MARINE CORPS MOUNTAIN WARFARE TRAINING CENTER BRIDGEPORT, Calif. — -- At approximately 6,000 ft., above sea level, the sun begins to crest over the mountain tops of northern California as Marines demonstrate different mountain survival skills to Tajik delegates during an international visit to the Marine Corps Mountain Warfare Training Center in Bridgeport, Calif.
“We brought [the delegates] over to the U.S. to look at different training installations, in hopes we can get their government to send over [officers] for training,” said Lt. Col. Scott Maxwell, chief, Office of Military Cooperation, U.S. Embassy, Tajikistan. “Tajikistan is a new country and we are trying to promote ourselves as one of the influential allies they can have.”
The delegates have recently toured installations across the country.
“This base is unlike the others we have seen,” said Daler Safarov, attache for American and European countries, Tajikistan Ministry of Foreign Affairs. “This base seems more proper for Tajik service members to train. The mountainous terrain is very similar to Tajikistan’s, which is 93 percent mountains.”
The equipment used and the techniques they saw at MCMWTC proved to be valuable information to the delegates. They also saw different climbing and skiing gear used to train U.S. and international forces for mountain survival and combat in similar terrain.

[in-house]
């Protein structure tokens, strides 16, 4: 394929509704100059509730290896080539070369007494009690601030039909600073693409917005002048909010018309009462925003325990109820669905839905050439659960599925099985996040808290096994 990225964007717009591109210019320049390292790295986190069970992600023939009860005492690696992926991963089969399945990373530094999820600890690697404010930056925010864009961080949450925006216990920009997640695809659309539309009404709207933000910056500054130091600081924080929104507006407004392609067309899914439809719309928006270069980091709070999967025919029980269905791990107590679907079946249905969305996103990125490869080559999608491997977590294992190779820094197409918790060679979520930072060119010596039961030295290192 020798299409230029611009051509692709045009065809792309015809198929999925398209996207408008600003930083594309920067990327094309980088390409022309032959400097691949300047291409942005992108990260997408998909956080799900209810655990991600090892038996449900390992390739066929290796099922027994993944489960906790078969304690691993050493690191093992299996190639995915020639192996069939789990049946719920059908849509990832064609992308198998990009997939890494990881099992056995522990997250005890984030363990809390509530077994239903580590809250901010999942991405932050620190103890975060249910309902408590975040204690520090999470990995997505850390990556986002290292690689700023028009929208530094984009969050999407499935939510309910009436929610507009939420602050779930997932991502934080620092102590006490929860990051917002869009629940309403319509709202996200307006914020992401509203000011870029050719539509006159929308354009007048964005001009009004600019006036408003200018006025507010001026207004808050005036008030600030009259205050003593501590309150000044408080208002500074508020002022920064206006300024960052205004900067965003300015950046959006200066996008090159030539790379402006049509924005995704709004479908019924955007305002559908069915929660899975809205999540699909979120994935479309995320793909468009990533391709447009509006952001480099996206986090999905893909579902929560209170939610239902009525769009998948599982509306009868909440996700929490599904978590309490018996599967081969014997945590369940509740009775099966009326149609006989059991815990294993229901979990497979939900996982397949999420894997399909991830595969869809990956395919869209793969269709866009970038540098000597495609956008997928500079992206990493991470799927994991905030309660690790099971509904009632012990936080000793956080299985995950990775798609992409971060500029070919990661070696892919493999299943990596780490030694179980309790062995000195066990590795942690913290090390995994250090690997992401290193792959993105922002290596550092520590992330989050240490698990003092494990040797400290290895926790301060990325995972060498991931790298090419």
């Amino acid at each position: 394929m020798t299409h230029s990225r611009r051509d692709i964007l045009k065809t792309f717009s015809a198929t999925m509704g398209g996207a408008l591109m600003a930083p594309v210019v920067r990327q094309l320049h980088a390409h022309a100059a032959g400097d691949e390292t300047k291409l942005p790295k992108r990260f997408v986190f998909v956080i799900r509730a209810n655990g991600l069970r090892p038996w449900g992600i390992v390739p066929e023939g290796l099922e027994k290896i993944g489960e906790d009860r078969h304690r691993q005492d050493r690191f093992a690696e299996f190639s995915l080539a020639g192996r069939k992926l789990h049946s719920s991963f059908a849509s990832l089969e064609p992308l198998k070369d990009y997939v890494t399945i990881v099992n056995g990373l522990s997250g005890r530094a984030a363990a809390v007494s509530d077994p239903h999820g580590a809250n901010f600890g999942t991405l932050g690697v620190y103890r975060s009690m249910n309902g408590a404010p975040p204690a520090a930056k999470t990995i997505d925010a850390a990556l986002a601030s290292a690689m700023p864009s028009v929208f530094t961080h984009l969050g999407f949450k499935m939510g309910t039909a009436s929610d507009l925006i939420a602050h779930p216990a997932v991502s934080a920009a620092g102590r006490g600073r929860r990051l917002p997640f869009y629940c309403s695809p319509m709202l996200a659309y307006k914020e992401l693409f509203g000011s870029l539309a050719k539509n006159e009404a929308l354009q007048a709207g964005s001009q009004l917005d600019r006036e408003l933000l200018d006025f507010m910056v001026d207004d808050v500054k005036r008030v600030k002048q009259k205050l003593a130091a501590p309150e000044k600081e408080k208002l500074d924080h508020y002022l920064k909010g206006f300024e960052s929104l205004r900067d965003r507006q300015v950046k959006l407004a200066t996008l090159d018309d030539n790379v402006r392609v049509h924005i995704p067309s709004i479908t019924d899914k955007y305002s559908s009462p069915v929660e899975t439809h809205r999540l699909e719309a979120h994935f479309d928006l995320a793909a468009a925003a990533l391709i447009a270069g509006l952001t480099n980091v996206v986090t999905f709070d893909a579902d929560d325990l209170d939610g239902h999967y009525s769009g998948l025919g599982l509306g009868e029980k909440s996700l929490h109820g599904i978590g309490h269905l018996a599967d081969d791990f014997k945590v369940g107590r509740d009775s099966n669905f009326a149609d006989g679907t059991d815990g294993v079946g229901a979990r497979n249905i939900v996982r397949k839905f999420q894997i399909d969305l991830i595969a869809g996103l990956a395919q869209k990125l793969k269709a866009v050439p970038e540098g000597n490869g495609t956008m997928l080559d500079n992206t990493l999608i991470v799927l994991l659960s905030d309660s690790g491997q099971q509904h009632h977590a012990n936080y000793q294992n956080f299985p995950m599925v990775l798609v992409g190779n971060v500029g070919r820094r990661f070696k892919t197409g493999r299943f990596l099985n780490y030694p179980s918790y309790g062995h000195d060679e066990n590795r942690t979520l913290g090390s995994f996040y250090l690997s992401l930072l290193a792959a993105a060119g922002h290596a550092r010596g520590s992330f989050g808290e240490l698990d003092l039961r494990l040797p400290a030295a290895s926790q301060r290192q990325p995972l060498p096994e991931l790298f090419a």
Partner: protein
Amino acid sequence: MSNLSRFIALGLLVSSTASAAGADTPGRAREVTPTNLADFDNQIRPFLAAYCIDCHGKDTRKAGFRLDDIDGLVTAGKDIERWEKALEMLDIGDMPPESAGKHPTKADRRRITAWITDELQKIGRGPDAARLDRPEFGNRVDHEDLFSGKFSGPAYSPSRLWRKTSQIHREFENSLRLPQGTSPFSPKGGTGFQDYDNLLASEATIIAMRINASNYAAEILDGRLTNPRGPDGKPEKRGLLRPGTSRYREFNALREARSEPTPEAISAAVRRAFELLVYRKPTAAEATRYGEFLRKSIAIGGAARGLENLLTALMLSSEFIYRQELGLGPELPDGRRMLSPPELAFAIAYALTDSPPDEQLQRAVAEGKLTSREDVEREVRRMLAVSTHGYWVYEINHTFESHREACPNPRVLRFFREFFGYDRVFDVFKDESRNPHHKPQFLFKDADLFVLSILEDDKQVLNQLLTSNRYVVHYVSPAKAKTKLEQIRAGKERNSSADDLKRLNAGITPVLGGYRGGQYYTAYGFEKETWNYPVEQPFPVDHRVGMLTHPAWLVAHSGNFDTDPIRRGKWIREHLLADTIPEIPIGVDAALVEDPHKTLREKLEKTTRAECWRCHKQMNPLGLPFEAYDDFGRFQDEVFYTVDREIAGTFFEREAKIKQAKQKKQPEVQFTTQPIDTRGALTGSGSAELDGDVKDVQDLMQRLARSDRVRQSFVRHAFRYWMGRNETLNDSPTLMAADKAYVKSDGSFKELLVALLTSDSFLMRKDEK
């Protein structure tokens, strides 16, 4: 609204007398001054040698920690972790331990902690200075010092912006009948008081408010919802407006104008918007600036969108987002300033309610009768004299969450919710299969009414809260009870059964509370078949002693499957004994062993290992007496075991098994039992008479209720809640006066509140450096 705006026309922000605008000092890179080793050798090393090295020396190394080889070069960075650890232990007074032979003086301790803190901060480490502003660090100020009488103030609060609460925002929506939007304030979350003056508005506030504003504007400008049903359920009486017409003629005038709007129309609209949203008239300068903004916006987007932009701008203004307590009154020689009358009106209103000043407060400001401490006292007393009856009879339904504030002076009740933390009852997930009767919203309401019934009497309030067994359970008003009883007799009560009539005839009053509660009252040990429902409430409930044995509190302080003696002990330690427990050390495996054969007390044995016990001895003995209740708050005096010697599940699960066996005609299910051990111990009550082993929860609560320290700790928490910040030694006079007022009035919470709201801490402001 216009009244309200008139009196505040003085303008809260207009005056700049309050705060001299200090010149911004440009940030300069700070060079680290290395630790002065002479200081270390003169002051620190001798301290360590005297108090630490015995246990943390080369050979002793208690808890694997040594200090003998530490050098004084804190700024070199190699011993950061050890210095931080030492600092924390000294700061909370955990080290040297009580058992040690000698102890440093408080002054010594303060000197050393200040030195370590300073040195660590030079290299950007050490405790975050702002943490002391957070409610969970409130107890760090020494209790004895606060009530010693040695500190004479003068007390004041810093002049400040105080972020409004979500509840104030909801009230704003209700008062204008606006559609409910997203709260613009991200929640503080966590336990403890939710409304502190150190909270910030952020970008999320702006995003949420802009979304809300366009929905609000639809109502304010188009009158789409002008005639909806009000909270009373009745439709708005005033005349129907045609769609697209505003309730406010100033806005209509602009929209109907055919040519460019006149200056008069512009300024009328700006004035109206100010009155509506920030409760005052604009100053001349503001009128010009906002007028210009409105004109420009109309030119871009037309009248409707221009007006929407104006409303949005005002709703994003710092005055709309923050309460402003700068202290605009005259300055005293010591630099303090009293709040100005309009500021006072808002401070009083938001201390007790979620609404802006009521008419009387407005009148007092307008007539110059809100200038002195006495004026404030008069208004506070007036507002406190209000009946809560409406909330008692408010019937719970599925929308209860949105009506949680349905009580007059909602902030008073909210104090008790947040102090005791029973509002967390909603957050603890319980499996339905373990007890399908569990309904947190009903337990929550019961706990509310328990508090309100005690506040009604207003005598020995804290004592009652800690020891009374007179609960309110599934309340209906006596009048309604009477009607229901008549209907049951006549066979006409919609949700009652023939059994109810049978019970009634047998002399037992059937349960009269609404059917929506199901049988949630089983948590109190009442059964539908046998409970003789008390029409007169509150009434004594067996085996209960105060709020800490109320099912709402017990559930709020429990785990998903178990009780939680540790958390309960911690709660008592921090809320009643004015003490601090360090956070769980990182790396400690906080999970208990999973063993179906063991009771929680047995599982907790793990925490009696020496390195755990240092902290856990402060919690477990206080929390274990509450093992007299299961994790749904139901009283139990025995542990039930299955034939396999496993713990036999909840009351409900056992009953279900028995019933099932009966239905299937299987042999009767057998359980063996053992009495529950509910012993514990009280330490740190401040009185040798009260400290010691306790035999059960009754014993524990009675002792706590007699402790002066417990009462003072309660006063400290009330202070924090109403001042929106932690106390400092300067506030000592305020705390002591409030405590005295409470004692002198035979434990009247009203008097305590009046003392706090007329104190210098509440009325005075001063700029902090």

“Our military should know how to climb and ski effectively to make our enemy ineffective,” Safarov said. “We were also shocked to see Americans use horse and donkey as an effective means of transport.”
The delegates also hope to teach the instructors some new ways to live and fight in mountainous terrain.
“Tajik soldiers know some techniques that the U.S. does not,” Safarov said. “We would like to improve the U.S. techniques along with our own.”
The Tajik delegates have seen several bases and understand how the U.S. keeps their service members ready for anything.
“Every soldier should be ready for any kind of condition or terrain, regardless of what their specialty is,” Safarov said.
After the tour has ended, the delegates will bring what they have learned to their higher government in hopes of sending officers over to the U.S. for future training.
“We are going to write our reports saying how beneficial sending our officers over here would be,” Safarov said. “It is important to us to be able to defend our borders should anything happen. This base is almost identical to the terrain we have in Tajikistan. We hope to be able to send our officers here for training.”